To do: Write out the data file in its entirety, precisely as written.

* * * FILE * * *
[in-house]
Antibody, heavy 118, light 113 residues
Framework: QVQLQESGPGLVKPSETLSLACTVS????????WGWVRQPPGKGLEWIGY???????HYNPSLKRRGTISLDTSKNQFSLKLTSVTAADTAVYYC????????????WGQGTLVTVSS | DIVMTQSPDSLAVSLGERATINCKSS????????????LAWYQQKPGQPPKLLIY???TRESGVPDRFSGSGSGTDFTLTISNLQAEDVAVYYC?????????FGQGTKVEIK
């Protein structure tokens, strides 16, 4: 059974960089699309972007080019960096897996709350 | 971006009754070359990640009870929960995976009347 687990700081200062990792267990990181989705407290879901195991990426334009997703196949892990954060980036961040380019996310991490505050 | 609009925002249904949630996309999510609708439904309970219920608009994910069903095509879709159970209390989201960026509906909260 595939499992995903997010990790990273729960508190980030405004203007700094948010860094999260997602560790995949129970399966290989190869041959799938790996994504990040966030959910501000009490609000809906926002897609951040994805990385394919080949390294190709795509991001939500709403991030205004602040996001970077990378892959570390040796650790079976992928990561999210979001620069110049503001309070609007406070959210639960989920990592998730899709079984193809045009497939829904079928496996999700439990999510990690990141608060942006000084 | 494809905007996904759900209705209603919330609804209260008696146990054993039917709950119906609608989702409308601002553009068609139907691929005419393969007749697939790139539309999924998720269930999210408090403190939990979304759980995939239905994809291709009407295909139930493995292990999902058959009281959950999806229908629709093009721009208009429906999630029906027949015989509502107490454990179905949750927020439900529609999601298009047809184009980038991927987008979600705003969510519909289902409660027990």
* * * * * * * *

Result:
[in-house]
Antibody, heavy 118, light 113 residues
Framework: QVQLQESGPGLVKPSETLSLACTVS????????WGWVRQPPGKGLEWIGY???????HYNPSLKRRGTISLDTSKNQFSLKLTSVTAADTAVYYC????????????WGQGTLVTVSS | DIVMTQSPDSLAVSLGERATINCKSS????????????LAWYQQKPGQPPKLLIY???TRESGVPDRFSGSGSGTDFTLTISNLQAEDVAVYYC?????????FGQGTKVEIK
């Protein structure tokens, strides 16, 4: 059974960089699309972007080019960096897996709350 | 971006009754070359990640009870929960995976009347 687990700081200062990792267990990181989705407290879901195991990426334009997703196949892990954060980036961040380019996310991490505050 | 609009925002249904949630996309999510609708439904309970219920608009994910069903095509879709159970209390989201960026509906909260 595939499992995903997010990790990273729960508190980030405004203007700094948010860094999260997602560790995949129970399966290989190869041959799938790996994504990040966030959910501000009490609000809906926002897609951040994805990385394919080949390294190709795509991001939500709403991030205004602040996001970077990378892959570390040796650790079976992928990561999210979001620069110049503001309070609007406070959210639960989920990592998730899709079984193809045009497939829904079928496996999700439990999510990690990141608060942006000084 | 494809905007996904759900209705209603919330609804209260008696146990054993039917709950119906609608989702409308601002553009068609139907691929005419393969007749697939790139539309999924998720269930999210408090403190939990979304759980995939239905994809291709009407295909139930493995292990999902058959009281959950999806229908629709093009721009208009429906999630029906027949015989509502107490454990179905949750927020439900529609999601298009047809184009980038991927987008979600705003969510519909289902409660027990």